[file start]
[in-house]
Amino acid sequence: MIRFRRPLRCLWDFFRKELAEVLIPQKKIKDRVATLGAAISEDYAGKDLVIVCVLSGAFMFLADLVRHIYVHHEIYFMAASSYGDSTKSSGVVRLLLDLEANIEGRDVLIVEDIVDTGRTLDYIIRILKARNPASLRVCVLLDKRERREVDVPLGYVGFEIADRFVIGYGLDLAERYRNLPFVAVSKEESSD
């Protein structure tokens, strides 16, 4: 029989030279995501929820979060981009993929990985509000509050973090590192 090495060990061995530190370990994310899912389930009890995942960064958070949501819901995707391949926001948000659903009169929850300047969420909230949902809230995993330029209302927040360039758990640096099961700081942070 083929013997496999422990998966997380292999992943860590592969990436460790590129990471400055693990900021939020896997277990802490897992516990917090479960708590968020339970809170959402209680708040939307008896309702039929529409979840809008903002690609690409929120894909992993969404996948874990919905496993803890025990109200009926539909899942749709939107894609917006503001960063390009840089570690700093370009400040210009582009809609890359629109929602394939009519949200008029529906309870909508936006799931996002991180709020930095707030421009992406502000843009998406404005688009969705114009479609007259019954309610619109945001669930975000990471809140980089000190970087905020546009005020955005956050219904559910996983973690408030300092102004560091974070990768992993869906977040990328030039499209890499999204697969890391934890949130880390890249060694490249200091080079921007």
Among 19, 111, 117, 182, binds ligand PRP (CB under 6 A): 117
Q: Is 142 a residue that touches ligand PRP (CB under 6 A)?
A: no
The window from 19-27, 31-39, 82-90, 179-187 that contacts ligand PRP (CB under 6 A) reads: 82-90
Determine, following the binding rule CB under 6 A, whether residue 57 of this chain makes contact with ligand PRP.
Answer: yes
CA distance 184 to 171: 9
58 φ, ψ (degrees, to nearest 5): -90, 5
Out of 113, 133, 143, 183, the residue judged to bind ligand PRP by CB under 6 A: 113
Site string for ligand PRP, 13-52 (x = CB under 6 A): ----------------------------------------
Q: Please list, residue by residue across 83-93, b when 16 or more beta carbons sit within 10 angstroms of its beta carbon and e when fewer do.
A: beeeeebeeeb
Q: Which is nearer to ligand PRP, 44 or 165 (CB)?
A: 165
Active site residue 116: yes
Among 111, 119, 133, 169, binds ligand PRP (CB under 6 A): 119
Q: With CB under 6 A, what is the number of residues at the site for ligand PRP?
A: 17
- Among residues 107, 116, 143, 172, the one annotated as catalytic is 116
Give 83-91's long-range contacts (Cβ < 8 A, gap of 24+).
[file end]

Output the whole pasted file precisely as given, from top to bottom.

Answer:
[in-house]
Amino acid sequence: MIRFRRPLRCLWDFFRKELAEVLIPQKKIKDRVATLGAAISEDYAGKDLVIVCVLSGAFMFLADLVRHIYVHHEIYFMAASSYGDSTKSSGVVRLLLDLEANIEGRDVLIVEDIVDTGRTLDYIIRILKARNPASLRVCVLLDKRERREVDVPLGYVGFEIADRFVIGYGLDLAERYRNLPFVAVSKEESSD
């Protein structure tokens, strides 16, 4: 029989030279995501929820979060981009993929990985509000509050973090590192 090495060990061995530190370990994310899912389930009890995942960064958070949501819901995707391949926001948000659903009169929850300047969420909230949902809230995993330029209302927040360039758990640096099961700081942070 083929013997496999422990998966997380292999992943860590592969990436460790590129990471400055693990900021939020896997277990802490897992516990917090479960708590968020339970809170959402209680708040939307008896309702039929529409979840809008903002690609690409929120894909992993969404996948874990919905496993803890025990109200009926539909899942749709939107894609917006503001960063390009840089570690700093370009400040210009582009809609890359629109929602394939009519949200008029529906309870909508936006799931996002991180709020930095707030421009992406502000843009998406404005688009969705114009479609007259019954309610619109945001669930975000990471809140980089000190970087905020546009005020955005956050219904559910996983973690408030300092102004560091974070990768992993869906977040990328030039499209890499999204697969890391934890949130880390890249060694490249200091080079921007």
Among 19, 111, 117, 182, binds ligand PRP (CB under 6 A): 117
Q: Is 142 a residue that touches ligand PRP (CB under 6 A)?
A: no
The window from 19-27, 31-39, 82-90, 179-187 that contacts ligand PRP (CB under 6 A) reads: 82-90
Determine, following the binding rule CB under 6 A, whether residue 57 of this chain makes contact with ligand PRP.
Answer: yes
CA distance 184 to 171: 9
58 φ, ψ (degrees, to nearest 5): -90, 5
Out of 113, 133, 143, 183, the residue judged to bind ligand PRP by CB under 6 A: 113
Site string for ligand PRP, 13-52 (x = CB under 6 A): ----------------------------------------
Q: Please list, residue by residue across 83-93, b when 16 or more beta carbons sit within 10 angstroms of its beta carbon and e when fewer do.
A: beeeeebeeeb
Q: Which is nearer to ligand PRP, 44 or 165 (CB)?
A: 165
Active site residue 116: yes
Among 111, 119, 133, 169, binds ligand PRP (CB under 6 A): 119
Q: With CB under 6 A, what is the number of residues at the site for ligand PRP?
A: 17
- Among residues 107, 116, 143, 172, the one annotated as catalytic is 116
Give 83-91's long-range contacts (Cβ < 8 A, gap of 24+).